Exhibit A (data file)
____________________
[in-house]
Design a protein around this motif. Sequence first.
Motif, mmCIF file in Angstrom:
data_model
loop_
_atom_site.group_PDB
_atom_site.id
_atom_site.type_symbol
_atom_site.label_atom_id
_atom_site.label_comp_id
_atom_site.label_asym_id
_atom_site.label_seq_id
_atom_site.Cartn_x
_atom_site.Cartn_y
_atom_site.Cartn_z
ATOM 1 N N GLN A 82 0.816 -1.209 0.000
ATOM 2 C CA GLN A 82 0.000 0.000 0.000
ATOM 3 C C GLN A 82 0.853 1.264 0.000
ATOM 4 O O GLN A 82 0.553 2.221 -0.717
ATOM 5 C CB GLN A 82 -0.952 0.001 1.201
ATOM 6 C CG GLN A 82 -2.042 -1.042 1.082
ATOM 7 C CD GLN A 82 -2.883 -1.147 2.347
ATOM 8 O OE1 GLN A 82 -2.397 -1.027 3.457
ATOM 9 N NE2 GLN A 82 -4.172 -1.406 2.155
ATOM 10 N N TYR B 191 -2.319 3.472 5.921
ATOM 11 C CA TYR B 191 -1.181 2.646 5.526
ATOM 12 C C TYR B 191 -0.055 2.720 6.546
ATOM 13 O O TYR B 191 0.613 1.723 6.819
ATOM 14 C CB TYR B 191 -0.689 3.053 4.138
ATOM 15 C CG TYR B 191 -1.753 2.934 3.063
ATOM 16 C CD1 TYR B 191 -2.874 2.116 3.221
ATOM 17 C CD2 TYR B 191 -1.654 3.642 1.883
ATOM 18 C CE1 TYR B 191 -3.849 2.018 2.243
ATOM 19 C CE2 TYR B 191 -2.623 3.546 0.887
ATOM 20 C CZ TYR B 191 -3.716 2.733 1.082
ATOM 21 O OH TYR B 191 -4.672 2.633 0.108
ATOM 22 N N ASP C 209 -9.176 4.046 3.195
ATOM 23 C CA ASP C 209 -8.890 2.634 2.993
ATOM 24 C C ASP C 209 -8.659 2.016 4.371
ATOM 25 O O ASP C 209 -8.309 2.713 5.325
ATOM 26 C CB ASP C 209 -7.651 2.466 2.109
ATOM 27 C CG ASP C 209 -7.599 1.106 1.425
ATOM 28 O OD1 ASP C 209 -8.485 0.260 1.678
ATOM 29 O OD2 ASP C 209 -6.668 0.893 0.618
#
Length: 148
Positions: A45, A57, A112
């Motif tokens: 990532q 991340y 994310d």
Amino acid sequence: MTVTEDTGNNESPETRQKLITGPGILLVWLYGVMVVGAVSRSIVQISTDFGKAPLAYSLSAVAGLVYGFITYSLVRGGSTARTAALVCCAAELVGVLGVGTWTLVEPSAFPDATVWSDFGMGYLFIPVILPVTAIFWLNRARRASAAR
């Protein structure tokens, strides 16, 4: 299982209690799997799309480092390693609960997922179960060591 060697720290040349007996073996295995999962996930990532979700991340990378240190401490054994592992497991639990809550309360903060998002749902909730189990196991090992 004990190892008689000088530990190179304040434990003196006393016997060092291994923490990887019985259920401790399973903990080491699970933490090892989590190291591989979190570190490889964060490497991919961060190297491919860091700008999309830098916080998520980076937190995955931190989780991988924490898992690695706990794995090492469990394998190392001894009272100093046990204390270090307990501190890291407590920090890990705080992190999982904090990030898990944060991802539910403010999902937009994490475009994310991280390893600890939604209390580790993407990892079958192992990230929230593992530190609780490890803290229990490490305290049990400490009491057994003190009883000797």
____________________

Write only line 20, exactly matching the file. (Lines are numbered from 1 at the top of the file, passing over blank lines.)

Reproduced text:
ATOM 5 C CB GLN A 82 -0.952 0.001 1.201